I was mentally restored by spending a few hours with two close friends last week. I’d had a stressful few days health wise which were exacerbated by an “unhelpful” medical appointment, leaving me spinning. I was off kilter, out of sorts, upset, angry, anxious, emotional and irrational. Yes, all in a couple of days! By the time I came home from a glass of wine, a lovely meal and most importantly the company of S&S I was feeling calm, centered, strong, rational and buzzing with ideas to resolve my problem. I feel this is the most beautiful thing good friends provide, they love you and fill you with energy.

Friendships are the most important and honest relationships we ever have.

Family is wonderful when it works, but we all know that you can’t choose your relations! (No offense to mine, they’re amazing). For want of a better word ‘mates’ or companions are fabulous and great for an afternoon of chat but not necessarily for baring your soul. Marriage has its own complications!

Making friends is quite a random process.

We meet someone, perhaps initially think they are interesting or kind or share a common ground, and from that somehow evolve into this incredibly trusting symbiosis. We aren’t consciously aware of doing so, but we must make a lot of tiny judgements about people who become our friends in the early days of knowing them. The dictionary defines a friend as ‘a person with whom one has a bond of mutual affection’ but I feel the word symbiosis comes closer – ‘a mutually beneficial relationship between different people’.

Initially that sounds a little formal, but add in the ‘mutual affection’ of friends and you have a beautiful symbiotic relationship. Yes, it’s about give and take, but of the intangible kind. You don’t look at a stranger and think they’ll be supportive at 3am when the dog is sick, or decide they’d be a great hospital visitor. You can’t tell at first that this person will be the one to make you laugh until you cry when you miss the train or forget your in laws are coming for dinner.

Keeping friendships going when you have a chronic condition can be tough.

And making new friends can be harder, especially for those of us with a chronic illness but in my book it’s well worth the investment of those valuable spoons. I’m blessed and I know it. I have a few close girlfriends who I adore. I’ve collected them over the years from various places, and they all have one thing in common. They didn’t run. They didn’t decide I was too sick or too needy or too boring or unreliable once I became ill. They don’t complain when I cancel last minute, they just reschedule.

My friends know what I need.

They post chocolates through my door at random times. They answer messages at night when I haven’t got the energy to chat but need to sense check my thinking about how ill I’m feeling or if I’m a little low. They’ve even cancelled work to sit with me on bad days. They arrange a lunch with me for their birthday because they know I won’t make it out at night for drinks.

They are also incredibly honest, and will happily tell me I’m being a muppet if needed! But most of all they lift me. They help me be the best version of who I can be. Their faith in me reflects my faith in them. I honestly don’t know what I’d do without these beautiful strong, intelligent women in my life, and I’m blessed that I don’t need to find out.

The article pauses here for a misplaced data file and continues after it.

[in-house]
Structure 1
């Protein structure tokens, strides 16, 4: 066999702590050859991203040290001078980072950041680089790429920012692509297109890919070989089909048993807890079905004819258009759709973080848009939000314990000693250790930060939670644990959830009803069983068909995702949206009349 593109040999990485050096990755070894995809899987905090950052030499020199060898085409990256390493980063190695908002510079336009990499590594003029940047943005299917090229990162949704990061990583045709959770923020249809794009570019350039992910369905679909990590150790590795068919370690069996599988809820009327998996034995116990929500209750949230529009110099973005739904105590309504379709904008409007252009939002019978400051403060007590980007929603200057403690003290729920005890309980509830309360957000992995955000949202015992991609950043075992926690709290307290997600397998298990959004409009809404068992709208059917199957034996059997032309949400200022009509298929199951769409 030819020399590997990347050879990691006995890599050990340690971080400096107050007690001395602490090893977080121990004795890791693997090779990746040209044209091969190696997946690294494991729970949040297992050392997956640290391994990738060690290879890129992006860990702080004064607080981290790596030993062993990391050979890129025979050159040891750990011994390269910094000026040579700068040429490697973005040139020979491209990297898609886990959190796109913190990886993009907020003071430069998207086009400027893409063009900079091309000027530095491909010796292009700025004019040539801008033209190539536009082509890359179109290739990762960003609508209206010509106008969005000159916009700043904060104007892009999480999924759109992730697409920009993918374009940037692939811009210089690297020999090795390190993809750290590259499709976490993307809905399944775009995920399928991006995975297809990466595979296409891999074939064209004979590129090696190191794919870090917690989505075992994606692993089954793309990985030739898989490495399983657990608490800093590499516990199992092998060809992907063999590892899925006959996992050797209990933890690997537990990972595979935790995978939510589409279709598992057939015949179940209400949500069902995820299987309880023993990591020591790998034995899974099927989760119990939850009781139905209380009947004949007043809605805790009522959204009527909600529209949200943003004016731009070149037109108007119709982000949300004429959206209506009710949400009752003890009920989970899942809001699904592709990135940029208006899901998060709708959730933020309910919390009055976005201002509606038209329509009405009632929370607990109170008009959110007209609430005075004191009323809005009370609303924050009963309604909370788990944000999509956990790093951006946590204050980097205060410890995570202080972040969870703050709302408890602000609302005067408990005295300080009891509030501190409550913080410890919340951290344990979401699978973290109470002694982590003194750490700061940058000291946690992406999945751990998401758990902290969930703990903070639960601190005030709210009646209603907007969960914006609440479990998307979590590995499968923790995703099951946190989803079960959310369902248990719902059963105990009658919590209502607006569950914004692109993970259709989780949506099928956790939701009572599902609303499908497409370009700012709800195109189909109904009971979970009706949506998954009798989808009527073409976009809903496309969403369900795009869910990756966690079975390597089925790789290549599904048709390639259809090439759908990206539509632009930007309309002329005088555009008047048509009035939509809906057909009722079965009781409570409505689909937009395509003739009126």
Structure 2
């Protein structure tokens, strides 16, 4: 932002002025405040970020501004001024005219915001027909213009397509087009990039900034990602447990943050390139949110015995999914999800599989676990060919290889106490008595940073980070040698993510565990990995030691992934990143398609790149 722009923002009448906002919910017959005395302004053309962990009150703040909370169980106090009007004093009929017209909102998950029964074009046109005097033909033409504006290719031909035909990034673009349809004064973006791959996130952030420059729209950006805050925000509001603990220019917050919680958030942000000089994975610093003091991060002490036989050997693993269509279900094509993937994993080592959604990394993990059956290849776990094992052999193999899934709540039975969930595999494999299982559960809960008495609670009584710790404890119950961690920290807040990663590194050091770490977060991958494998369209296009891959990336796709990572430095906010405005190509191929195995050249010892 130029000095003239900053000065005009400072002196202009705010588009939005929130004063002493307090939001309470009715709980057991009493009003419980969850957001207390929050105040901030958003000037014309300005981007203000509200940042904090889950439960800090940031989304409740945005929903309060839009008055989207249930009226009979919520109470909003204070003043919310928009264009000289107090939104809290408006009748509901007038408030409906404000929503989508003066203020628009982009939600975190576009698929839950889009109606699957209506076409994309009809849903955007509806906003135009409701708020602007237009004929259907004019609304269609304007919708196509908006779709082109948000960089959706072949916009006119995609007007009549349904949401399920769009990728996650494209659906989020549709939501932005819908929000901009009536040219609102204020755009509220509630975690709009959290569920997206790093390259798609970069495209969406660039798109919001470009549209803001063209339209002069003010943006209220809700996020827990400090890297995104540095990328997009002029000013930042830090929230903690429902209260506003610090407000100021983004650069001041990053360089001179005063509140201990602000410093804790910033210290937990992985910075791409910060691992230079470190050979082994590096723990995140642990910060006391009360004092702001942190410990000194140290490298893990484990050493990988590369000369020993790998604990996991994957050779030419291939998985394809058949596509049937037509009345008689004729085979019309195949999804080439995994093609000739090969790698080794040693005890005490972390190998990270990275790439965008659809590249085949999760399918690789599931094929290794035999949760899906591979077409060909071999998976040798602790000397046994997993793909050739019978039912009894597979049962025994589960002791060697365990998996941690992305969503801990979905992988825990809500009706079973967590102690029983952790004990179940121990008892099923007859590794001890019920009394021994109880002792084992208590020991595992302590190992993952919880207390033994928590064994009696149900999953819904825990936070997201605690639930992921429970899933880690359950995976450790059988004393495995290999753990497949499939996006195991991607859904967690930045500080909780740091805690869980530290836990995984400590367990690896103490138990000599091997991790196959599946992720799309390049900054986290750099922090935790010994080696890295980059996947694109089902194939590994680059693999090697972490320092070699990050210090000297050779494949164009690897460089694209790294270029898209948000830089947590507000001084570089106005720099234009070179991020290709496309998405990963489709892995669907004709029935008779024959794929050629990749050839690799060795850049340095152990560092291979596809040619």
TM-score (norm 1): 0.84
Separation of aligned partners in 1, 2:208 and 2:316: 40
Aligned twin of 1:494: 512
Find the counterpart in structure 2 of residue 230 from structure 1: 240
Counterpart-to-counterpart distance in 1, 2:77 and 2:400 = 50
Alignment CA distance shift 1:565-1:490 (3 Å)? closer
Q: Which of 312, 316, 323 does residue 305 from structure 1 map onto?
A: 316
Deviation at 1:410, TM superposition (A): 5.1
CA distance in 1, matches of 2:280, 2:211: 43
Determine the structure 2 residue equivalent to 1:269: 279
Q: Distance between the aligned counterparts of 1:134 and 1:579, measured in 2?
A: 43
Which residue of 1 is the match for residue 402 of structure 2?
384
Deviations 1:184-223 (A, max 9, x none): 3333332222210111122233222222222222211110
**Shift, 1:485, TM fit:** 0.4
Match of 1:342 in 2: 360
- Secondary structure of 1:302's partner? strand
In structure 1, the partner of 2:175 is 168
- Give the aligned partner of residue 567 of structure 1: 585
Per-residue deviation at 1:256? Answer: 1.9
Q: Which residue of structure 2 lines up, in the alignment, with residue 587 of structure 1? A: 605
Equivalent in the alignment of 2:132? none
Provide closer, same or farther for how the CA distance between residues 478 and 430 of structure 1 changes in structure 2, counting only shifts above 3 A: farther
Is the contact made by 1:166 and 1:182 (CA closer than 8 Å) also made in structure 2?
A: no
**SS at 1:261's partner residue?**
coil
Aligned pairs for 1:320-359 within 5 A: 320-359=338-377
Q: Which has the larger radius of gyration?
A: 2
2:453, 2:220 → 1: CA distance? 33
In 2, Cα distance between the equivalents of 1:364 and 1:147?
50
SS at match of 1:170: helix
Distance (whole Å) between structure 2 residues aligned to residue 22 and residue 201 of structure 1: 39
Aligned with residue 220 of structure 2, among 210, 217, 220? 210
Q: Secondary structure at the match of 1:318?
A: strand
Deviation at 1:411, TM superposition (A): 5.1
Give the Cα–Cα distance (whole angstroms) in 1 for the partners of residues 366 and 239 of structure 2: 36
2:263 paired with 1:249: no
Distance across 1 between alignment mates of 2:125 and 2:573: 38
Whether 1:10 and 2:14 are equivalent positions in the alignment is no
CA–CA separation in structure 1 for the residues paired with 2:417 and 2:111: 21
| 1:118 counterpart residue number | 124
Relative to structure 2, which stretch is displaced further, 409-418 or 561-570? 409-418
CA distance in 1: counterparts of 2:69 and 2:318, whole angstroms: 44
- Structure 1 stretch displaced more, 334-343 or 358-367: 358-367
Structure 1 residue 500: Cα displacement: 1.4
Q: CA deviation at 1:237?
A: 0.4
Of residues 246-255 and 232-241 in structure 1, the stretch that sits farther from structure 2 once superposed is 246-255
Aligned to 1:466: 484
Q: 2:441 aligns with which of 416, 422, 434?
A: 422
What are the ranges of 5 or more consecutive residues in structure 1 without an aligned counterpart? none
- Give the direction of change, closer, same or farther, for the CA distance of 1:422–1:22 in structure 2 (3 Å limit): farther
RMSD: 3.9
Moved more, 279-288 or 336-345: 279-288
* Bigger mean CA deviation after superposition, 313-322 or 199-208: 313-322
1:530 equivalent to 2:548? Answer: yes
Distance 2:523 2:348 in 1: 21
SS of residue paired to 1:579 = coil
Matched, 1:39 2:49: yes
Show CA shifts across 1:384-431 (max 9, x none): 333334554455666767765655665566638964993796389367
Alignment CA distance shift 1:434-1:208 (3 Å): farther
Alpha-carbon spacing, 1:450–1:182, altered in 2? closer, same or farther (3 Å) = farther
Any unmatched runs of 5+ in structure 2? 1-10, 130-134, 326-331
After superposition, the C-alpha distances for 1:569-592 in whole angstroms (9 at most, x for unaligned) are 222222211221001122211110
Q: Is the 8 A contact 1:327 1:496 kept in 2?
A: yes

Chronic illness can be isolating and lonely.

I sadly all too often see people, chronically ill people, those with RA and Fibromyalgia and ME saying just how lonely and isolated they’ve become, particularly for those who’ve had to give up working. They’ve almost lost contact with the outside world, friends have drifted away following repeat cancellations, people stop asking them out because they can’t guarantee being there. Or they’ve fallen out with friends over well meaning but ill-thought advice. It’s difficult to remember people are only being kind, especially when you’re in a lot of pain and then you don’t feel friends understand. It sadly all too often it creates a space between them that neither knows how to fill.

So what have I done differently?

I’m not sure I have a magic solution. I’ve perhaps just been lucky enough to make friends with some amazing ladies. I’ve always been open and honest with them, especially about my illness and how I feel. I think in some ways my blog has helped, they can read what I’m going through without it needing to be the topic of every conversation.

I also think it’s important to remember that friendship, just like any other relationship takes work. I realized in January I hadn’t seen two friends in far too long, so I messaged them both and said OK, lunch when? Saw one last week, will see the other next week. Make that call, keep in touch. I don’t mean it should feel unnatural or be an effort, but that it’s important we put in as much love and energy as we get out. It would be horrid to think after recharging me last night that my friends went home drained, but it’s a reciprocal process, we chat, we laugh, we vent, we eat and we somehow make sure we each share what we need. It’s exactly the same with my other friends.

You have to really be there and you have to actively listen (call it mindful friendship time!) to ensure they know they are special and they are loved. The payback is priceless, you feel special and loved too.

 

You can read more about Denise and her journey with Rheumatoid Arthritis on her blog, singlerheum